Emotional, hysterical or melodramatic – are some common adjectives that are heaped upon women even today. I remember getting into an accident 11 years ago, which damaged my new scooty and left me with a bad knee injury and multiple bruises. The guy who had bumped me got an earful from me, but then this other dude stepped in and started berating me for creating a scene. “Itna drama kyun kar rahi ho?” he asked and even urged the other party to sneak past me. It was only later that I realised that I had been screaming at the top of my lungs, with tears flooding my eyes. This was an overexaggerated reaction to an accident, as per the guy who intervened.
The humiliation I felt that day, because of my reaction to meeting with an accident, is one of the clearest memories that I have from that day. Despite the fact that two strangers had helped me out at that moment, a woman who offered me water, and another man who helped park my damaged scooty and stayed with me till my husband arrived. For years, when I thought about that day, I would wonder, was my reaction wrong? Was the guy right on his part to berate me for shouting and crying after an accident, and not maintaining my cool? Or was it just that he simply saw my gender and decided that my reaction to the situation was a bit “extra” and thus I needed to be put into place?
But over the years, as I began to identify as a feminist and started paying more attention to how men and women treated each other, this castigation of women as emotional fools who fail to hold themselves together became pretty evident. Men tend to take pride in their ability to remain fearless in worst of situations. They reserve the right to be angry, as it is seen as a mark of masculinity, but they do not want to be seen as vulnerable – that is for the weak. And guess who is perceived to be the weaker gender? Women.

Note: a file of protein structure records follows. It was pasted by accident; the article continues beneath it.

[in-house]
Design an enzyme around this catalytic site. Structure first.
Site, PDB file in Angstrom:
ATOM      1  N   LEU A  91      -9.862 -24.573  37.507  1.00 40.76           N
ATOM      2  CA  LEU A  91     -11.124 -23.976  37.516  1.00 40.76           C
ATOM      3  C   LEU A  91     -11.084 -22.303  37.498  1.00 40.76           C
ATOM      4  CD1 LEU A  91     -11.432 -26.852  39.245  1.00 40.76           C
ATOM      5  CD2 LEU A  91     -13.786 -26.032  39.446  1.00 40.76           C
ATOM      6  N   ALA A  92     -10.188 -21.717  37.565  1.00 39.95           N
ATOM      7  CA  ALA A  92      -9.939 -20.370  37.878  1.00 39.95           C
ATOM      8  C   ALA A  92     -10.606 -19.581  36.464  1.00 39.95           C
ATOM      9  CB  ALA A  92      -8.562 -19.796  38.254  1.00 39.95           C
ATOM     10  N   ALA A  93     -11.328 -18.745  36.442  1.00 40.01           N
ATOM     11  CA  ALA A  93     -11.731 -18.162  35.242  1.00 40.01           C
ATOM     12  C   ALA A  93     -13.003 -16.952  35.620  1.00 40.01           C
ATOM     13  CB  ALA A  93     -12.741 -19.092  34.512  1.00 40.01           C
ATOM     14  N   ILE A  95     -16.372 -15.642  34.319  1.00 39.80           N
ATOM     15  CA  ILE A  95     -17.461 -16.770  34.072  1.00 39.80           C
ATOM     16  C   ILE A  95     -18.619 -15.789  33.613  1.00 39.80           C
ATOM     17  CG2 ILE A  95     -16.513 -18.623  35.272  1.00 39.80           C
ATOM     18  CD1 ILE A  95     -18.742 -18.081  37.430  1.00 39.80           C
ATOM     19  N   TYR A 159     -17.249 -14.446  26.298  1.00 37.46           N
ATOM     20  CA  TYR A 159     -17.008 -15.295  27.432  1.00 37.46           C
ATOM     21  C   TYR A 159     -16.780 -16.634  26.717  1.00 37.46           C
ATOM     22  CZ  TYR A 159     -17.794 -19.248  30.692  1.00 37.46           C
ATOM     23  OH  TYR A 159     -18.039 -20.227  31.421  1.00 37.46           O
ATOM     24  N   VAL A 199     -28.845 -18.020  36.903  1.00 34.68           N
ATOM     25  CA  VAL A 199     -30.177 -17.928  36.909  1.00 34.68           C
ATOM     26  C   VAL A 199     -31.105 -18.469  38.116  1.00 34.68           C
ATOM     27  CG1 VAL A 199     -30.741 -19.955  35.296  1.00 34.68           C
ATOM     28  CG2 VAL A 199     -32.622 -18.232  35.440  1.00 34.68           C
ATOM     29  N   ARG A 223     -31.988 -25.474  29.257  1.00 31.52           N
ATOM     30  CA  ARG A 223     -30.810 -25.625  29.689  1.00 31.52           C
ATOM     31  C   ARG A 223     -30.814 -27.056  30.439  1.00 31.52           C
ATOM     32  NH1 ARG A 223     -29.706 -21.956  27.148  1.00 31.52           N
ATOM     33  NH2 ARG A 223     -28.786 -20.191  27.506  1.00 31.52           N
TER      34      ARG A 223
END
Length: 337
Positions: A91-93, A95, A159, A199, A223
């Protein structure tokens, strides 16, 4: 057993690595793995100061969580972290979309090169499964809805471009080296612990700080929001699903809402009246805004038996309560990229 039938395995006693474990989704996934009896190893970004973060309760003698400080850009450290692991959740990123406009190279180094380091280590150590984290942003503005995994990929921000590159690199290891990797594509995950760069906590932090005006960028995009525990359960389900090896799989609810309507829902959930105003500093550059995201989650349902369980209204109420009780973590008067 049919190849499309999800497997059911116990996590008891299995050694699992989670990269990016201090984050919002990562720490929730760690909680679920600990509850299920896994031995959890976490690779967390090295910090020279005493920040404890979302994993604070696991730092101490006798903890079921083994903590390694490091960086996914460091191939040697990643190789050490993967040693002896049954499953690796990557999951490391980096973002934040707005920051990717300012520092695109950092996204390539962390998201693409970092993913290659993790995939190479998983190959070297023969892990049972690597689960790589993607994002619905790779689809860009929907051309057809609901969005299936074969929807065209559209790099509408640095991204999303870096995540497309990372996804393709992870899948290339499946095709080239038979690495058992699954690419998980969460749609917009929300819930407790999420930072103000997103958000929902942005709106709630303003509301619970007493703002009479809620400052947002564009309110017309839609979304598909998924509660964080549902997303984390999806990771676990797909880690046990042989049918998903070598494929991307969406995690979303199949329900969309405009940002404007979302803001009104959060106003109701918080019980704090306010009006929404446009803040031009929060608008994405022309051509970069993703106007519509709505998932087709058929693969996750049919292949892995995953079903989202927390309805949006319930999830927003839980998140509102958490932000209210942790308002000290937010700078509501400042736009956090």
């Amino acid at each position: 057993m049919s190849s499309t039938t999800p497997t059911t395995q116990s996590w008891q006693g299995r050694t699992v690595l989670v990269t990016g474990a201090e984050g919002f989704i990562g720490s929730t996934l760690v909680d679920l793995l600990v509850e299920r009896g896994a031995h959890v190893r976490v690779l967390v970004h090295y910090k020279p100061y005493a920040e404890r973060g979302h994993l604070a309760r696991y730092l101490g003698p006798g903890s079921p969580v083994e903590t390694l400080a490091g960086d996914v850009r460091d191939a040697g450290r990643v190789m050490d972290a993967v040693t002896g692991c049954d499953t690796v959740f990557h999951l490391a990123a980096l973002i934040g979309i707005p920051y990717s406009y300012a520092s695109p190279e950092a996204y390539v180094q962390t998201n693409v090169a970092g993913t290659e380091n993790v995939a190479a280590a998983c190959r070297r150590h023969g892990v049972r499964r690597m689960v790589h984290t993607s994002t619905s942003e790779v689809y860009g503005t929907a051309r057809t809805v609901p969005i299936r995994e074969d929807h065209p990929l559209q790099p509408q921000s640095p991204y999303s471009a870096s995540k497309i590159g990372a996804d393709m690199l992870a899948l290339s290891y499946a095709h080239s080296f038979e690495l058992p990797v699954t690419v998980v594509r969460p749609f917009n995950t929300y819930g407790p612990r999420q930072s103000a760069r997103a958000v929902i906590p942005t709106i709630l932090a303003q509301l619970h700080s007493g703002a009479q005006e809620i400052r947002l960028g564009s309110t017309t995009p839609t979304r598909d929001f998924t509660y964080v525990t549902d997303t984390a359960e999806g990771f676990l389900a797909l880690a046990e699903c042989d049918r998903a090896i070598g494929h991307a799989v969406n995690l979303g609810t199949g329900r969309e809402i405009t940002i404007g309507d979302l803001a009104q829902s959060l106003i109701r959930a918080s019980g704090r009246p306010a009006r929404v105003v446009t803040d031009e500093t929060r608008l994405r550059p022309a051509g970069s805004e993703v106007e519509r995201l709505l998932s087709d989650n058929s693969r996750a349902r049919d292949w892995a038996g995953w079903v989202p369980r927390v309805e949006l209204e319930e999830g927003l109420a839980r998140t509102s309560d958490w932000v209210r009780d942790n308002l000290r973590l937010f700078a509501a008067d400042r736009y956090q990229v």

Don’t cry like a girl. Don’t talk about gore and violence in front of women, they can’t handle it. Make sure she has a companion when she gets the bad news, else she will unravel.
Suggested Reading: Teri Bhabhi Hai To Vo Meri Bandi Hai: Why Men Treat Women As Territories To Be Conquered
Emotional women and notion of weakness
It is amusing how crying or an emotional outburst is seen as a sign of weakness. No matter how strong women are – physically or mentally, no matter the fact that they stride through childbirth and childcare, can heave gas cylinders, or be on their toes all day long for the sake of their family, all it takes is the trait of being “emotional” for them to be called weak.
But if and when a woman decides to not put her emotions on display, or to harden up at least in the public eye, does she earn respect? No, instead she is then crititcised for being to distant – cold/unsentimental/un-ladylike. Damned if you do, damned if you don’t. One wonders, what is the prescribed balance between displaying your emotions, but not enough to make others feel uncomfortable? And why is it that the society gets to ration our emotional outburst?
There is nothing wrong with being “emotional”. Everyone has their own mechanism to cope with grief, shock, pain, joy or surprise. Some keep their emotions bottled up, others let them out for the world to see. No one is a better or worse person because of how they choose to respond to situations. What is bad though is the way we force women and men to conform to these stereotypes related to behaviour and criticise them even when they adhere to them strictly. We are expected to walk this tightrope by society so that it can control us better.
But unless both men and women see through this manipulation it is impossible for us to break free emote as we deem to be right, not as what society approves, based on our gender.
The views expressed are the author’s own.